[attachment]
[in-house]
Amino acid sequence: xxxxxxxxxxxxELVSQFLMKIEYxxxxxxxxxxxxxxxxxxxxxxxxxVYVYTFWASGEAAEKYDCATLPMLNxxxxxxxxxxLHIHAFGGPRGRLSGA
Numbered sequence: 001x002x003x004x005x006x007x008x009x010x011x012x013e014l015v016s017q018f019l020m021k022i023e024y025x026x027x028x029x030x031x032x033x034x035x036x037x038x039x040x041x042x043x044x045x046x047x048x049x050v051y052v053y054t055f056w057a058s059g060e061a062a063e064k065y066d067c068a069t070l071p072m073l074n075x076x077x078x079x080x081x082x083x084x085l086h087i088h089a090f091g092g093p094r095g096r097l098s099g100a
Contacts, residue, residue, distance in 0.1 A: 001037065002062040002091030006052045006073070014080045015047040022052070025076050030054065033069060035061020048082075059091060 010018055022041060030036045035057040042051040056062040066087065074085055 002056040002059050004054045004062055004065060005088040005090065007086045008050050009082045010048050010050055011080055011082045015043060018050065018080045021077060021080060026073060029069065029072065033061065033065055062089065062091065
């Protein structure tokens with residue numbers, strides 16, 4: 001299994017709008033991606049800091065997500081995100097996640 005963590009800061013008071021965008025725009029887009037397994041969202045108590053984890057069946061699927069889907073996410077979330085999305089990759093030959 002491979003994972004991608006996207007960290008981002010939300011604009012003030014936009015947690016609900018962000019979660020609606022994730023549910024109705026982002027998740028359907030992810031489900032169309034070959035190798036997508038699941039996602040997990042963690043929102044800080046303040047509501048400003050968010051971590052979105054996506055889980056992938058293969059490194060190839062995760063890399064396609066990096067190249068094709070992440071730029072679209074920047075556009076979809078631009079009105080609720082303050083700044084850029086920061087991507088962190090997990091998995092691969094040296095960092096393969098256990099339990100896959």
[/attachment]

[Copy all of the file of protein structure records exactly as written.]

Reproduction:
[in-house]
Amino acid sequence: xxxxxxxxxxxxELVSQFLMKIEYxxxxxxxxxxxxxxxxxxxxxxxxxVYVYTFWASGEAAEKYDCATLPMLNxxxxxxxxxxLHIHAFGGPRGRLSGA
Numbered sequence: 001x002x003x004x005x006x007x008x009x010x011x012x013e014l015v016s017q018f019l020m021k022i023e024y025x026x027x028x029x030x031x032x033x034x035x036x037x038x039x040x041x042x043x044x045x046x047x048x049x050v051y052v053y054t055f056w057a058s059g060e061a062a063e064k065y066d067c068a069t070l071p072m073l074n075x076x077x078x079x080x081x082x083x084x085l086h087i088h089a090f091g092g093p094r095g096r097l098s099g100a
Contacts, residue, residue, distance in 0.1 A: 001037065002062040002091030006052045006073070014080045015047040022052070025076050030054065033069060035061020048082075059091060 010018055022041060030036045035057040042051040056062040066087065074085055 002056040002059050004054045004062055004065060005088040005090065007086045008050050009082045010048050010050055011080055011082045015043060018050065018080045021077060021080060026073060029069065029072065033061065033065055062089065062091065
């Protein structure tokens with residue numbers, strides 16, 4: 001299994017709008033991606049800091065997500081995100097996640 005963590009800061013008071021965008025725009029887009037397994041969202045108590053984890057069946061699927069889907073996410077979330085999305089990759093030959 002491979003994972004991608006996207007960290008981002010939300011604009012003030014936009015947690016609900018962000019979660020609606022994730023549910024109705026982002027998740028359907030992810031489900032169309034070959035190798036997508038699941039996602040997990042963690043929102044800080046303040047509501048400003050968010051971590052979105054996506055889980056992938058293969059490194060190839062995760063890399064396609066990096067190249068094709070992440071730029072679209074920047075556009076979809078631009079009105080609720082303050083700044084850029086920061087991507088962190090997990091998995092691969094040296095960092096393969098256990099339990100896959």